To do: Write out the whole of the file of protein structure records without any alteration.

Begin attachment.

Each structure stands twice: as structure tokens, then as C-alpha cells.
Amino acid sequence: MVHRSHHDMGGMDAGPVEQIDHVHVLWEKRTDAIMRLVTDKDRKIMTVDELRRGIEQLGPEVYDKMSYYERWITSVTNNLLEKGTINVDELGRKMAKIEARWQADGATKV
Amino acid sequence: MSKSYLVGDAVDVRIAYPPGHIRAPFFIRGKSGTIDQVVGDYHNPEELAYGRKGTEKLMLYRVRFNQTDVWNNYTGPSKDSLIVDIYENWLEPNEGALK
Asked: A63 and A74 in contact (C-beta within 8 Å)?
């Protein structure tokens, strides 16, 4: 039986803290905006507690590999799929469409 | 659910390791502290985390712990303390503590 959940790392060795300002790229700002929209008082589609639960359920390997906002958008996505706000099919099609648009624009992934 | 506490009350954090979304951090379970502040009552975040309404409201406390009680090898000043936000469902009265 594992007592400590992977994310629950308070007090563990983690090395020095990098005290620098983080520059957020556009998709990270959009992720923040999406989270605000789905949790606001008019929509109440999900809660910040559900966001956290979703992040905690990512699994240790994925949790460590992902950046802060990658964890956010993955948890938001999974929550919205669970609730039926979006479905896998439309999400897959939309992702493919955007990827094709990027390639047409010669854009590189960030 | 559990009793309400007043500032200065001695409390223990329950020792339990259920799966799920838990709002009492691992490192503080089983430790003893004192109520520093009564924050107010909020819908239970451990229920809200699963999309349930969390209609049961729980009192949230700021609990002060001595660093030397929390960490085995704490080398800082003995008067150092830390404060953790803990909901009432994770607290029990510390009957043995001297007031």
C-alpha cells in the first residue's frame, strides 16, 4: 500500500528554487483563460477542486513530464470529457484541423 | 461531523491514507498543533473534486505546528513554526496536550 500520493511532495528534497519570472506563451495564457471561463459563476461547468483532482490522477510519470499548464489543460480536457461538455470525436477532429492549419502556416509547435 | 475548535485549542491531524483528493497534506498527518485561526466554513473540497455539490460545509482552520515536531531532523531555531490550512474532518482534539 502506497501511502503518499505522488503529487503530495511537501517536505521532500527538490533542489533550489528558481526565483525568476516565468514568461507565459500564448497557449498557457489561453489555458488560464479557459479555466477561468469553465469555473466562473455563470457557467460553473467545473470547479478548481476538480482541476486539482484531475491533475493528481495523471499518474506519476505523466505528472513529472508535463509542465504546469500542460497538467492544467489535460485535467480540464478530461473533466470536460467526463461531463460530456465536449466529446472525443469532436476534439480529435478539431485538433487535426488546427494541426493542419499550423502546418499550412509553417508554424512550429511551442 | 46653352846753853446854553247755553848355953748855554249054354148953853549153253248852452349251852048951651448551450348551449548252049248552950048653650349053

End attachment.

Each structure stands twice: as structure tokens, then as C-alpha cells.
Amino acid sequence: MVHRSHHDMGGMDAGPVEQIDHVHVLWEKRTDAIMRLVTDKDRKIMTVDELRRGIEQLGPEVYDKMSYYERWITSVTNNLLEKGTINVDELGRKMAKIEARWQADGATKV
Amino acid sequence: MSKSYLVGDAVDVRIAYPPGHIRAPFFIRGKSGTIDQVVGDYHNPEELAYGRKGTEKLMLYRVRFNQTDVWNNYTGPSKDSLIVDIYENWLEPNEGALK
Asked: A63 and A74 in contact (C-beta within 8 Å)?
């Protein structure tokens, strides 16, 4: 039986803290905006507690590999799929469409 | 659910390791502290985390712990303390503590 959940790392060795300002790229700002929209008082589609639960359920390997906002958008996505706000099919099609648009624009992934 | 506490009350954090979304951090379970502040009552975040309404409201406390009680090898000043936000469902009265 594992007592400590992977994310629950308070007090563990983690090395020095990098005290620098983080520059957020556009998709990270959009992720923040999406989270605000789905949790606001008019929509109440999900809660910040559900966001956290979703992040905690990512699994240790994925949790460590992902950046802060990658964890956010993955948890938001999974929550919205669970609730039926979006479905896998439309999400897959939309992702493919955007990827094709990027390639047409010669854009590189960030 | 559990009793309400007043500032200065001695409390223990329950020792339990259920799966799920838990709002009492691992490192503080089983430790003893004192109520520093009564924050107010909020819908239970451990229920809200699963999309349930969390209609049961729980009192949230700021609990002060001595660093030397929390960490085995704490080398800082003995008067150092830390404060953790803990909901009432994770607290029990510390009957043995001297007031």
C-alpha cells in the first residue's frame, strides 16, 4: 500500500528554487483563460477542486513530464470529457484541423 | 461531523491514507498543533473534486505546528513554526496536550 500520493511532495528534497519570472506563451495564457471561463459563476461547468483532482490522477510519470499548464489543460480536457461538455470525436477532429492549419502556416509547435 | 475548535485549542491531524483528493497534506498527518485561526466554513473540497455539490460545509482552520515536531531532523531555531490550512474532518482534539 502506497501511502503518499505522488503529487503530495511537501517536505521532500527538490533542489533550489528558481526565483525568476516565468514568461507565459500564448497557449498557457489561453489555458488560464479557459479555466477561468469553465469555473466562473455563470457557467460553473467545473470547479478548481476538480482541476486539482484531475491533475493528481495523471499518474506519476505523466505528472513529472508535463509542465504546469500542460497538467492544467489535460485535467480540464478530461473533466470536460467526463461531463460530456465536449466529446472525443469532436476534439480529435478539431485538433487535426488546427494541426493542419499550423502546418499550412509553417508554424512550429511551442 | 46653352846753853446854553247755553848355953748855554249054354148953853549153253248852452349251852048951651448551450348551449548252049248552950048653650349053